Rep. Trey Gowdy (R-S.C.) harshly criticized former FBI Director James Comey on June 19 during a hearing concerning a recently released watchdog report dealing with the bureau’s handling of the Clinton email probe.
Gowdy excoriated Comey for delivering a watered down exoneration of Clinton, making decisions on his own, and not seeking a special counsel in the Clinton email investigation, while going out of his way to do so in regards to President Donald Trump.
Justice Department Inspector General Michael Horowitz testified before lawmakers for the second day on June 19 about his office’s extremely detailed report. Among other issues, the IG report concluded that Comey usurped the power of the attorney general and ran afoul of longstanding Justice Department policies when he delivered a public exoneration of Clinton in July 2016.
In making the exoneration announcement on July 5, 2016, Comey appropriated the charging decision from the prosecutors, Gowdy said. The FBI director also drafted the exoneration before interviewing key witnesses, including Clinton herself.
“We see Jim Comey and Jim Comey alone deciding which DOJ policies to follow and which to ignore,” Gowdy said. “We see Jim Comey and Jim Comey alone deciding whether there is sufficient evidence to support each and every element of an offense. We see Jim Comey and Jim Comey alone deciding whether to send a letter to Congress in the throes of a looming election.”
On June 18, Horowitz confirmed that his office is investigating Comey’s leak of classified information.
Trump fired Comey last year for his handling of the Clinton email probe. The inspector general’s report backed up the president’s rationale for doing so, citing the same violations of department policy that Deputy Attorney General Rod Rosenstein listed in his written recommendation to Trump to fire Comey.
Comey’s deputy director, Andrew McCabe, was fired earlier this year for allegedly authorizing a self-serving leak and lying about it to Comey and investigators, including under oath.
Despite uncovering pervasive bias by key agents handling the Clinton email probe, Horowitz said that his investigators believe that no evidence exists to prove that the bias impacted key investigative and prosecutorial decisions in the case. Gowdy disagreed, arguing that the presence of bias corrupted the FBI’s work.
“This inspector general’s report should conjure anger, disappointment, and sadness in everyone who reads it. This IG report lays bare the bias, the animus, the prejudging of facts by senior FBI agents and senior attorneys,” Gowdy said.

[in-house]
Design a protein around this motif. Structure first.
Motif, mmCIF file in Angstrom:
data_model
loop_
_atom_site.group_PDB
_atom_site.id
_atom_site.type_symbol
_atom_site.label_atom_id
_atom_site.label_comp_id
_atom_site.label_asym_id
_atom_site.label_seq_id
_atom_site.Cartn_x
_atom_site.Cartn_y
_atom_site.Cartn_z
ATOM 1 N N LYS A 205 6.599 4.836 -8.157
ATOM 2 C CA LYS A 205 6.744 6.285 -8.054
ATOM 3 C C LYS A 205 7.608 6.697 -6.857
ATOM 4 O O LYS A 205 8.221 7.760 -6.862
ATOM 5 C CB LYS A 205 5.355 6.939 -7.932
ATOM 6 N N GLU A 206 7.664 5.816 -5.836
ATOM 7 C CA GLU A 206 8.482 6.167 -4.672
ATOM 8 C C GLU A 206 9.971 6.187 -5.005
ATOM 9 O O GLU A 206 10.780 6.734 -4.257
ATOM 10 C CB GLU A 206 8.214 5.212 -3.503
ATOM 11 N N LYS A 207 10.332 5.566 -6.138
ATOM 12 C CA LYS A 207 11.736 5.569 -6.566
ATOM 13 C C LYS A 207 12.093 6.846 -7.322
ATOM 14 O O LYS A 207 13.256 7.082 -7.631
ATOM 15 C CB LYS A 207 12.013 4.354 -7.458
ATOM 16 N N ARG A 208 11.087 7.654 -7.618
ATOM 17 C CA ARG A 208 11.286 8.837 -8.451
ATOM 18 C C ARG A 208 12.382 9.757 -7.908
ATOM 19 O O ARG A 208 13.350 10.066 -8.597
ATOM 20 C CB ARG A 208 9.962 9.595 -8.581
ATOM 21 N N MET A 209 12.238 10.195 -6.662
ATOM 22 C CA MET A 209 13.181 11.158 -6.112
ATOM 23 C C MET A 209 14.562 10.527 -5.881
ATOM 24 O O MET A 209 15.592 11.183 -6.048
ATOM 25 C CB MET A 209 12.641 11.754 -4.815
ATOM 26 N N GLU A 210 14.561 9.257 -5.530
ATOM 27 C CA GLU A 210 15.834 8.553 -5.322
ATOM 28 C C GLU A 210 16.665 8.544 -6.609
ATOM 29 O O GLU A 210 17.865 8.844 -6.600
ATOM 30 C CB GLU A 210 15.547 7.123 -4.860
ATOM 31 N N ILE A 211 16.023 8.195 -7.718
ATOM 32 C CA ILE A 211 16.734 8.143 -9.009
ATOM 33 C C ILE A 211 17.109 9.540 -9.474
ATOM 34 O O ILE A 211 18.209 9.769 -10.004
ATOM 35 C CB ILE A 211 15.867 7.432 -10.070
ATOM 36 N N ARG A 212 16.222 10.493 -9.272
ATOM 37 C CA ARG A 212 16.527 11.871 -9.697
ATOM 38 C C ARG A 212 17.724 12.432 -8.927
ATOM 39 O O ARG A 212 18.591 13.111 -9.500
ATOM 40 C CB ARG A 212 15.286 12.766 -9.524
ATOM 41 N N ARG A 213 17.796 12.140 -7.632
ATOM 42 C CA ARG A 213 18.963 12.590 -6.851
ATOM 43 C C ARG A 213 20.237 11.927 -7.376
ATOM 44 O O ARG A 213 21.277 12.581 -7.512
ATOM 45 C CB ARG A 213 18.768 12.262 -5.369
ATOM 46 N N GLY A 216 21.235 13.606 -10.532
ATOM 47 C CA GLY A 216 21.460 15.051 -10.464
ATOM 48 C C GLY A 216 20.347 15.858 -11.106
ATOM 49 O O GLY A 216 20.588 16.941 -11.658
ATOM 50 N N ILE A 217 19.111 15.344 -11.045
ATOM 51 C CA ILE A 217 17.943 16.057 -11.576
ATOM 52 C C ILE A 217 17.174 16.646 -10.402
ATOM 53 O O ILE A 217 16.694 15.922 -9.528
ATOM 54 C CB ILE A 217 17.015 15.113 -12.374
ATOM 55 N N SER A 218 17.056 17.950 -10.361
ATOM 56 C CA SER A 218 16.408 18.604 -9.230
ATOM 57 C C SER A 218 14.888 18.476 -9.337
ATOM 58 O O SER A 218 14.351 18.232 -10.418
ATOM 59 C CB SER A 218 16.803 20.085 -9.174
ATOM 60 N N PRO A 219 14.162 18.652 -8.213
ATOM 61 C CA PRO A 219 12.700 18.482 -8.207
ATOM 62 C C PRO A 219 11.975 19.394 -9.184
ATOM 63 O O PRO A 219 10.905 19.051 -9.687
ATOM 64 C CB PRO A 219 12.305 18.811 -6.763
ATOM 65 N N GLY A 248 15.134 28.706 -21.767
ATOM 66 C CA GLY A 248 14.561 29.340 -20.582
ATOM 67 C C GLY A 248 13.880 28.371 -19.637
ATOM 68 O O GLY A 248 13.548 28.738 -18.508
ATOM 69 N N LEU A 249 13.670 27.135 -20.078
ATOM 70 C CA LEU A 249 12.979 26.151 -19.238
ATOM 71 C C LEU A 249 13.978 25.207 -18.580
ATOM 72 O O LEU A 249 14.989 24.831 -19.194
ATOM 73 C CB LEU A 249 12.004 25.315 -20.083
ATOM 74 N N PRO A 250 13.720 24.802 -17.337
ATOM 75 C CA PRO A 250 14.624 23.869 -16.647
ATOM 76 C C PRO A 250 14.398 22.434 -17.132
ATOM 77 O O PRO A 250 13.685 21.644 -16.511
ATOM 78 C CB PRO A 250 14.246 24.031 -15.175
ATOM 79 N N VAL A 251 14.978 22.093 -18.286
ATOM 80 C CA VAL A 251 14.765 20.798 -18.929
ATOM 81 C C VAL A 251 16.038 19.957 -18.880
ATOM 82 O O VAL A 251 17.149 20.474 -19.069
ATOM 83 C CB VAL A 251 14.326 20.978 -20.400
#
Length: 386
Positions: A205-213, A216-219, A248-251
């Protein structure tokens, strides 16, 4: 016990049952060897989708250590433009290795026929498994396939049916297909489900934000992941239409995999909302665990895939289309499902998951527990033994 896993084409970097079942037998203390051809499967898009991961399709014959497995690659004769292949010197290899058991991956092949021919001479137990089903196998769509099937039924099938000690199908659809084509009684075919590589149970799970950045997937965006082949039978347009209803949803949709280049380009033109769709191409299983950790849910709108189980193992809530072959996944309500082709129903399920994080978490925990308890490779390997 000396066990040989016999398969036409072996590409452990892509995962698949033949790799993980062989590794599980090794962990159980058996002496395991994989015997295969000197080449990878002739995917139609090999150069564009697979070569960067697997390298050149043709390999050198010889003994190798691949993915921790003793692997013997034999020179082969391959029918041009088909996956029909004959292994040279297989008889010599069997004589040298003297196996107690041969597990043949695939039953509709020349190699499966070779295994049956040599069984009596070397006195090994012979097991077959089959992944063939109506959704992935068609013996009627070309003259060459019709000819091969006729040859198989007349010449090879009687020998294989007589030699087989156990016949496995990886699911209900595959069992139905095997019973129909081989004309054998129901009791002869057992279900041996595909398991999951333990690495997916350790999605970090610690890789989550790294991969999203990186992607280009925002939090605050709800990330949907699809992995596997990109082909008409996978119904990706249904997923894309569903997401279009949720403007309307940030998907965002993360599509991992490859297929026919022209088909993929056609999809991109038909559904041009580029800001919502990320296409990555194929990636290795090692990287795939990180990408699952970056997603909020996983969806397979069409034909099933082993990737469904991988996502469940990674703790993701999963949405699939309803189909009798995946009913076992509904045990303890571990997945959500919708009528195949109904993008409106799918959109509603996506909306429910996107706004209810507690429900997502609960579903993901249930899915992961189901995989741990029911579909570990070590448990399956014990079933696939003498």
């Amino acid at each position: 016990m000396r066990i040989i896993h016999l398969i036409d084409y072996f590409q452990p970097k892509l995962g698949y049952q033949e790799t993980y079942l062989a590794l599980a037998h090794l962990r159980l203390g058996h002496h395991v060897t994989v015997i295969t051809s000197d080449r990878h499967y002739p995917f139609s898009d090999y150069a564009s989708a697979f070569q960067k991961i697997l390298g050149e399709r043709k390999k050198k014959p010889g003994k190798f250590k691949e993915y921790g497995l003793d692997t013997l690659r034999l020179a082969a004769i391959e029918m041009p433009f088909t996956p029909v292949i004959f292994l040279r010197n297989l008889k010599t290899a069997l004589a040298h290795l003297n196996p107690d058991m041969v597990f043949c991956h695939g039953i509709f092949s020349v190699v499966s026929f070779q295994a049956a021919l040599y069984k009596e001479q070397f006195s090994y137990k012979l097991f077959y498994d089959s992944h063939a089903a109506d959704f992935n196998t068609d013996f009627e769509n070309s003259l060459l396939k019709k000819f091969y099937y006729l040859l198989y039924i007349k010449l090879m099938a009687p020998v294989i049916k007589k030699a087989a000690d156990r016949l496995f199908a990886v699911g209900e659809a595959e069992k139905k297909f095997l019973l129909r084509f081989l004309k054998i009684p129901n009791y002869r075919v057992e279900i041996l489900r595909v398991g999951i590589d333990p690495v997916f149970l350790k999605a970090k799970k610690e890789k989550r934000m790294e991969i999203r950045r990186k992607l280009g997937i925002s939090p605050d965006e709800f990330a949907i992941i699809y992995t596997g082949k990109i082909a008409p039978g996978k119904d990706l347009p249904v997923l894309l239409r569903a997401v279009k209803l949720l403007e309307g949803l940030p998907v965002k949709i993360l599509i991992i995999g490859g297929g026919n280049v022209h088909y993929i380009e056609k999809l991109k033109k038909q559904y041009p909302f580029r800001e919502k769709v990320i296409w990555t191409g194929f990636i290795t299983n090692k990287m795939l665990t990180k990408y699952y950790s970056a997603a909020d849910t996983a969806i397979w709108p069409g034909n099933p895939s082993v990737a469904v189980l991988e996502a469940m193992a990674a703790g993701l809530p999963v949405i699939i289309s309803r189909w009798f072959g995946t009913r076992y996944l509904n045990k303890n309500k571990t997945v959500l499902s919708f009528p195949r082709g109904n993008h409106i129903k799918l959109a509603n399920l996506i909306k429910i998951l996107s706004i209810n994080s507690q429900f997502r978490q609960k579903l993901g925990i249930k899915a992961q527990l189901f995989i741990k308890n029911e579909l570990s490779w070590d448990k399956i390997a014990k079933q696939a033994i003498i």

“It is not the public’s job to prove the bias shown by the FBI did not influence decisionmaking,” he added. “It is the FBI’s job to prove to the public that this manifest bias was not outcome determinative. Bias and fairness cannot coexist.”
In his exchange with Horowitz, Gowdy drew attention to the bias expressed by two senior FBI employees handling both the Clinton email case and the counterintelligence investigation of the Trump campaign. FBI Deputy Assistant Director Peter Strzok and FBI lawyer Lisa Page worked on the Clinton case, the counterintelligence probe of the alleged ties between the Trump campaign and Russia, and the special counsel investigation of the Trump campaign.
While working the three cases, the pair were allegedly having an affair and exchanged text messages betraying their bias against Trump and in favor of Clinton, as well as a willingness to turn that bias into action.
“[Trump is] not ever going to become president, right? Right?!” wrote Page.
“No. No he won’t. We’ll stop it,” Strzok texted back.
Horowitz agreed with Gowdy that Strzok’s message meant that a group of people were willing to take action to stop Trump from becoming president. Gowdy emphasized Stzrok also said that Clinton would win “100,000,000 to 1” and that Page called Trump a “loathsome human.”
Strzok is also at the center of an investigative decision that Horowitz believes was not free from bias. Investigators were not satisfied with Strzok’s explanation for why he prioritized the investigation of alleged ties between the Trump campaign and Russia over the Clinton emails discovered on the laptop of former Rep. Anthony Weiner.
The inspector general’s report found that three other FBI officials had exchanged messages showing bias in favor of Clinton or against Trump. At least two of them worked on both the Clinton and Trump probes, Horowitz told lawmakers on June 19.
The report concluded that the biased messages “cast a cloud” over the handling and credibility of the Clinton email probe, but did not find evidence linking the bias to any official action.
House judiciary committee chairman Rep. Bob Goodlatte (R-Va.) said during the June 19 hearing: “Public confidence in the impartiality of our law enforcement system is critical to ensure all are treated equally under the law. Fallout from the Clinton investigation, however, gives the impression those with money and influence are given lighter treatment than the so-called common person.”